Thai Indie Music: The Movie

By Grace Moore

BANGKOK — For years, two major labels have been the kingmakers in Thailand’s music scene, dictating what music is heard and promoting bands with Western appeal.

While GMM Grammy and RS Records continue to dominate, the scene is now diversifying, according to Suchai “Chai” Chucherd, guitarist for Bangkok punk band BrandNew Sunset, with more indie labels launching and building interest in independent music outside the control of the mainstream companies.

This change marks the beginning of a new era for musicians who aspire to make music outside that corporate system, said Kris Pomjairux, cofounder of DIY music promotion company Wildest Youth.


“I think the music industry is changing. You can find independent music and great DIY bands playing shows every night in Bangkok,” Kris said. “Venue owners, bar owners and people in the city see that indie music is popular but we want everyone to be able to see these bands, not just in Bangkok.”

And social media has helped level the playing field and get music heard outside of the capital.

Wildest Youth founders Kris and Supakit “Dew” Supha began organizing and promoting tours for upcoming independent bands outside of Bangkok to bring alternative music to underrepresented communities.

“No one tours these areas,” Supakit said. “It’s important we bring these bands to the north, to Isaan, to crowds that would never get to see them unless they came to Bangkok. It shows people they can do it too.”

Kris and Supakit are an example of the kind of DIY spirit currently fueling the independent music scene in Bangkok. Their aim is to bring music to towns around the nation where bands normally wouldn’t tour; bands play smaller shows packed with loyal fans and expose kids outside of Bangkok to a new Thai sound, they said.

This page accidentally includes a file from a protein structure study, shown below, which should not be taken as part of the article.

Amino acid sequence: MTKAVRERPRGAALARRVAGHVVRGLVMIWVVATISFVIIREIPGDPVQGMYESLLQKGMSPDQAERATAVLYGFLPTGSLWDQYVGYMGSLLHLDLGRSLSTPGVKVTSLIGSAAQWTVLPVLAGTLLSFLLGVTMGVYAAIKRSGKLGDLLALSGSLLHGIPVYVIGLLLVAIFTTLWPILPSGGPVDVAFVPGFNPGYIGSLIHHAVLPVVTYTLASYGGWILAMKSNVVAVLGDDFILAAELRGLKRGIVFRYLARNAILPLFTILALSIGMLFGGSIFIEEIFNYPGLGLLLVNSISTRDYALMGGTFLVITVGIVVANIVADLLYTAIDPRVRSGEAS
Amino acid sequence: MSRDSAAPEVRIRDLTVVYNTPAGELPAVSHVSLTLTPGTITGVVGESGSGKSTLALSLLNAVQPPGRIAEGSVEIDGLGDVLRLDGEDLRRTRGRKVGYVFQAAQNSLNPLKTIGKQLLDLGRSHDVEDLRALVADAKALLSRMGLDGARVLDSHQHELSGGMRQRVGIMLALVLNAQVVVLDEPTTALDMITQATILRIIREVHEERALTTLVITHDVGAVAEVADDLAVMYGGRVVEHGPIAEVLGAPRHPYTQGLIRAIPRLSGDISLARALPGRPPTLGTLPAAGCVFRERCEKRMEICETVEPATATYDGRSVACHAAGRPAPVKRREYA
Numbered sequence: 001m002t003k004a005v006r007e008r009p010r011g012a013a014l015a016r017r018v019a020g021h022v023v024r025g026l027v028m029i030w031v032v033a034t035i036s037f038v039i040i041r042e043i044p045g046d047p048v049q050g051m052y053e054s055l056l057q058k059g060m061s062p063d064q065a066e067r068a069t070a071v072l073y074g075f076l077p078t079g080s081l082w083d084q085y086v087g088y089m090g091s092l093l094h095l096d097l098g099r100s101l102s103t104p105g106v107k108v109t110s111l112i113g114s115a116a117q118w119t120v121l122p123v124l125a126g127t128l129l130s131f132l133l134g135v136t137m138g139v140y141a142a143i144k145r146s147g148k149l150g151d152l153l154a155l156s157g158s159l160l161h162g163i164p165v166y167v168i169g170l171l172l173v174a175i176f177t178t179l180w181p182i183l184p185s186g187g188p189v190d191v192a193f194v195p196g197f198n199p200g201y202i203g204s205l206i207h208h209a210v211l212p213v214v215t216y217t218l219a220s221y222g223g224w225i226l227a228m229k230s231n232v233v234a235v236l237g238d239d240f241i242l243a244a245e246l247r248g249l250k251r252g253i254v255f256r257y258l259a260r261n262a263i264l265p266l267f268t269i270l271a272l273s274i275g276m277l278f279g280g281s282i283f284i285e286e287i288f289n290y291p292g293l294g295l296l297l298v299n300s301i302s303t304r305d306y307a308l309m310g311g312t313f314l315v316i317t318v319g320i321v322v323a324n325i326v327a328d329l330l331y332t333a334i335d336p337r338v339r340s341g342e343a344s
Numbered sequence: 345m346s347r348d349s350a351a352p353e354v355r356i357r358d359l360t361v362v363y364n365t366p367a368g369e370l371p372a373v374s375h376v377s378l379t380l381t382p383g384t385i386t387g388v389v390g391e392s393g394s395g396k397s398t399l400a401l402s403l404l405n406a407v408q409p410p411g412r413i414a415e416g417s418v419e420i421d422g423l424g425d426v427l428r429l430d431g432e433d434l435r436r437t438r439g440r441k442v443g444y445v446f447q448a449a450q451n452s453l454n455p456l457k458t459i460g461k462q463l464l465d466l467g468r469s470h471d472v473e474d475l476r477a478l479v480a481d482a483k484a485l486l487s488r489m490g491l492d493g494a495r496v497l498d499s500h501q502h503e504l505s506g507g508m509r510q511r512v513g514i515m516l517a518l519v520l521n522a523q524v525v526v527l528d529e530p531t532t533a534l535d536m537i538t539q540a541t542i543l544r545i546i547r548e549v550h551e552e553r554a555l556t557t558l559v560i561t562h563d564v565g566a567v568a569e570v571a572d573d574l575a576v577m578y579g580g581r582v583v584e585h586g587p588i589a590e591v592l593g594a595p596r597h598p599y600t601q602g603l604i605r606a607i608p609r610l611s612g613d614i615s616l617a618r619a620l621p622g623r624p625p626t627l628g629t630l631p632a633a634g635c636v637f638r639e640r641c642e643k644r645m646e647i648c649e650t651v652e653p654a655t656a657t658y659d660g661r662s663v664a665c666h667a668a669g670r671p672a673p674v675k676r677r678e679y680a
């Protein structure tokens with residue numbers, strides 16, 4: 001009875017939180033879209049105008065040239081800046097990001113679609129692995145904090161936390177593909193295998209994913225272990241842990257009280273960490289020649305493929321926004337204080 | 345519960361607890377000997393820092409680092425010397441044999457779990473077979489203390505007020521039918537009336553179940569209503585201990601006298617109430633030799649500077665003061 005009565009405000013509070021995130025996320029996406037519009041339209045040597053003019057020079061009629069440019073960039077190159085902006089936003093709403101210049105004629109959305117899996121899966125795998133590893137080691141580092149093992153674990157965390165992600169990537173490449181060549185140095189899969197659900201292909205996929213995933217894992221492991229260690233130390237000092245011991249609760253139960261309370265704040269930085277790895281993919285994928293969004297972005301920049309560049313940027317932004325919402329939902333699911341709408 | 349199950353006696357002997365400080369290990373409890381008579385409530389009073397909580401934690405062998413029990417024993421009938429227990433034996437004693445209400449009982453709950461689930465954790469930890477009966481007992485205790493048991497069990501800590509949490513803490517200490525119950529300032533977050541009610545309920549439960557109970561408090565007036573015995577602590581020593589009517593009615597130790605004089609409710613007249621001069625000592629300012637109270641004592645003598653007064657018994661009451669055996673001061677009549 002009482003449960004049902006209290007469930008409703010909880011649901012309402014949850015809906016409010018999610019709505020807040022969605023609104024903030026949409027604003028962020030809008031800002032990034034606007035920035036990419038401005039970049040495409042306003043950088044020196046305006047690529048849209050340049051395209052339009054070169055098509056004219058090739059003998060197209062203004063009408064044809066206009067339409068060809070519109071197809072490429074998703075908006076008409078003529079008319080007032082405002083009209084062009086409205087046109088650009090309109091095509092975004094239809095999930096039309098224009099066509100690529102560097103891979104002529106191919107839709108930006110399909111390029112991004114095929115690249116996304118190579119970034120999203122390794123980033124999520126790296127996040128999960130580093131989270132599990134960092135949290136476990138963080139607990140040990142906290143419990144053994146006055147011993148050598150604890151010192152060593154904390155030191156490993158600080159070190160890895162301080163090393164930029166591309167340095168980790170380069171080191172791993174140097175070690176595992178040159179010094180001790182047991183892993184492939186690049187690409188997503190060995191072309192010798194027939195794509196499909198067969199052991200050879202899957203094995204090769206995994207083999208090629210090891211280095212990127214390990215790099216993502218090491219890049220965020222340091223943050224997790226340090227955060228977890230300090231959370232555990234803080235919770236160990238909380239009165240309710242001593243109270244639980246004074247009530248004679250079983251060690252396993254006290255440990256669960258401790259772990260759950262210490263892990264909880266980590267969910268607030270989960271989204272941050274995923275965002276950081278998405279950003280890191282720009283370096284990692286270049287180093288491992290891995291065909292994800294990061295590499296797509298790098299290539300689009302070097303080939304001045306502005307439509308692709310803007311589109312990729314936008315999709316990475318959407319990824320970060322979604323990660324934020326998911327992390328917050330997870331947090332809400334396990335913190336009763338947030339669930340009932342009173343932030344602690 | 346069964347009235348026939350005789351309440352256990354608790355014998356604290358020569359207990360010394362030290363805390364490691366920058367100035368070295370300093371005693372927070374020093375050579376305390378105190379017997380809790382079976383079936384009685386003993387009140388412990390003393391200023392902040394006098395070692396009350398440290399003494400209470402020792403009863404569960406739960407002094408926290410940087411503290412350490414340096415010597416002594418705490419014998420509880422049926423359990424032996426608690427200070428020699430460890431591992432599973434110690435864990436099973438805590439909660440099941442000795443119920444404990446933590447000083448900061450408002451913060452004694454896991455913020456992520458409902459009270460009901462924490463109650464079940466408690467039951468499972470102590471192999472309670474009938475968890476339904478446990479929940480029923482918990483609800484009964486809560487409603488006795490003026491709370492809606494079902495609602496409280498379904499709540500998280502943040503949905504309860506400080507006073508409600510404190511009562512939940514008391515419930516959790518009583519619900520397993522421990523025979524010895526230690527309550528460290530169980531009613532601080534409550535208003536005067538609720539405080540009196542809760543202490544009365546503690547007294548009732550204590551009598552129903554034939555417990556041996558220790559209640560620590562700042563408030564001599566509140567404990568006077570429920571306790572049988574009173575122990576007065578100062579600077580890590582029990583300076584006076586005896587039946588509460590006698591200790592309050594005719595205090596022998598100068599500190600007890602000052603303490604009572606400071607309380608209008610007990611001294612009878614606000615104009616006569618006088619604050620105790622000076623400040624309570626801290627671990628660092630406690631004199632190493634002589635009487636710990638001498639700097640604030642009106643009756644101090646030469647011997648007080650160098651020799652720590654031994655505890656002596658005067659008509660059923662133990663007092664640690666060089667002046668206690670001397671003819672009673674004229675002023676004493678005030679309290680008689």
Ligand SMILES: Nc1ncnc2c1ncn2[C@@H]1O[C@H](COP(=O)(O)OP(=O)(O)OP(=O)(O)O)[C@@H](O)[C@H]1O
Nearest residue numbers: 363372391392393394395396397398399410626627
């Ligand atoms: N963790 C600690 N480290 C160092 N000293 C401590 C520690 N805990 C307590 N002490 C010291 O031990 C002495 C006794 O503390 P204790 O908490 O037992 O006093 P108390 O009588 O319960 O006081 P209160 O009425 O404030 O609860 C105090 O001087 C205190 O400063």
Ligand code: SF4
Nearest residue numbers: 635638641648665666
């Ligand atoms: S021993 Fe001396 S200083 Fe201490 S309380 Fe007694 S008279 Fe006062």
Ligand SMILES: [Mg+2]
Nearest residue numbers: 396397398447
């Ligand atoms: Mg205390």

Wildest Youth’s first tour in spring 2017 took three popular Bangkok hardcore and punk bands to venues throughout the northeastern provinces that comprise Isaan. Crammed into a tour bus for four music-filled days, the bands – Pistol’s 99, Degaruda and BrandNew Sunset – talked of their hopes of reaching Thailand’s youth and inspiring a generation of musicians with something other than top 40 or major label music.

Four months on, the duo is teaming up again getting ready to announce another set of tour dates under the Wildest Youth name.

“It’s a work in progress, but we aren’t giving up,” said Kris, who also fronts DIY punk band Pistols 99. “Playing out there, being on the road, we are living our dream.

”With the access to more music publications and websites such as FungJai and BandCamp, bands are now able to promote themselves online and have started to carve out a place for indie music in the country.

This change is empowering Thai musicians to play the music they want, work with independent labels and promoters to book shows and tour the country, without giving up control over their sound to mainstream labels, Suchai of BrandNew Sunset said.


“There are a lot of great bands in Thailand, they just have to learn how to be themselves,” Suchai said.

Wildest Youth’s next tour will take BrandNew Sunset, The Ginks, Pistols 99, Slow Suicide and Big Cock into the south for a tour that kicks off Dec. 2 at Boog Bar in Nakhon Si Thammarat. Entry is 200 baht.

Grace Moore is a Bangkok-based filmmaker and photographer. Her work is available at